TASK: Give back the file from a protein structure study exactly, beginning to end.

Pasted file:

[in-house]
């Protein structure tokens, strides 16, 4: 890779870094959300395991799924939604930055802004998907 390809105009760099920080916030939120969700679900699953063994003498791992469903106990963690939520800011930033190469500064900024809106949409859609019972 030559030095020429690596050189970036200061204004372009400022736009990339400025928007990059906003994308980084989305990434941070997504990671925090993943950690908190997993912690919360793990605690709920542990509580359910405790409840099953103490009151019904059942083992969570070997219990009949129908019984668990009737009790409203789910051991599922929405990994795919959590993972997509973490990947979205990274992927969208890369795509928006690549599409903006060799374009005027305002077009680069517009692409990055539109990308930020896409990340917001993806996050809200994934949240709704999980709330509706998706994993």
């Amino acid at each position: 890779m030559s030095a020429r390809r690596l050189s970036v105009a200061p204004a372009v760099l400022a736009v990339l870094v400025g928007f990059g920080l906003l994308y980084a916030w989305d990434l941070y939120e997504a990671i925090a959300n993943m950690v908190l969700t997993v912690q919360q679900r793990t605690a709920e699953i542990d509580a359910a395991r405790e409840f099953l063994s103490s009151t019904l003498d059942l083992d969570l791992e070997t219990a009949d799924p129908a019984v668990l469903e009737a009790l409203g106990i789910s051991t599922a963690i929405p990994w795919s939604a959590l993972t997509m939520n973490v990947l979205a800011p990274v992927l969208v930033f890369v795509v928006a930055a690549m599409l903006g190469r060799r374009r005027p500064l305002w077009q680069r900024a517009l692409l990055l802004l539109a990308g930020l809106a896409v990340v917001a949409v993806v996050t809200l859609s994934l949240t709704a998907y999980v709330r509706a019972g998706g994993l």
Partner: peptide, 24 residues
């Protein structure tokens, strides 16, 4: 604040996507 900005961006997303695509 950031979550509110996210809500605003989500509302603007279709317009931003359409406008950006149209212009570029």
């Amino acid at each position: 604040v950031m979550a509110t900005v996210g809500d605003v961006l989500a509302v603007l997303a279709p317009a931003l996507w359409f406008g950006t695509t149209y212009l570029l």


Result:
[in-house]
């Protein structure tokens, strides 16, 4: 890779870094959300395991799924939604930055802004998907 390809105009760099920080916030939120969700679900699953063994003498791992469903106990963690939520800011930033190469500064900024809106949409859609019972 030559030095020429690596050189970036200061204004372009400022736009990339400025928007990059906003994308980084989305990434941070997504990671925090993943950690908190997993912690919360793990605690709920542990509580359910405790409840099953103490009151019904059942083992969570070997219990009949129908019984668990009737009790409203789910051991599922929405990994795919959590993972997509973490990947979205990274992927969208890369795509928006690549599409903006060799374009005027305002077009680069517009692409990055539109990308930020896409990340917001993806996050809200994934949240709704999980709330509706998706994993």
């Amino acid at each position: 890779m030559s030095a020429r390809r690596l050189s970036v105009a200061p204004a372009v760099l400022a736009v990339l870094v400025g928007f990059g920080l906003l994308y980084a916030w989305d990434l941070y939120e997504a990671i925090a959300n993943m950690v908190l969700t997993v912690q919360q679900r793990t605690a709920e699953i542990d509580a359910a395991r405790e409840f099953l063994s103490s009151t019904l003498d059942l083992d969570l791992e070997t219990a009949d799924p129908a019984v668990l469903e009737a009790l409203g106990i789910s051991t599922a963690i929405p990994w795919s939604a959590l993972t997509m939520n973490v990947l979205a800011p990274v992927l969208v930033f890369v795509v928006a930055a690549m599409l903006g190469r060799r374009r005027p500064l305002w077009q680069r900024a517009l692409l990055l802004l539109a990308g930020l809106a896409v990340v917001a949409v993806v996050t809200l859609s994934l949240t709704a998907y999980v709330r509706a019972g998706g994993l």
Partner: peptide, 24 residues
């Protein structure tokens, strides 16, 4: 604040996507 900005961006997303695509 950031979550509110996210809500605003989500509302603007279709317009931003359409406008950006149209212009570029």
């Amino acid at each position: 604040v950031m979550a509110t900005v996210g809500d605003v961006l989500a509302v603007l997303a279709p317009a931003l996507w359409f406008g950006t695509t149209y212009l570029l």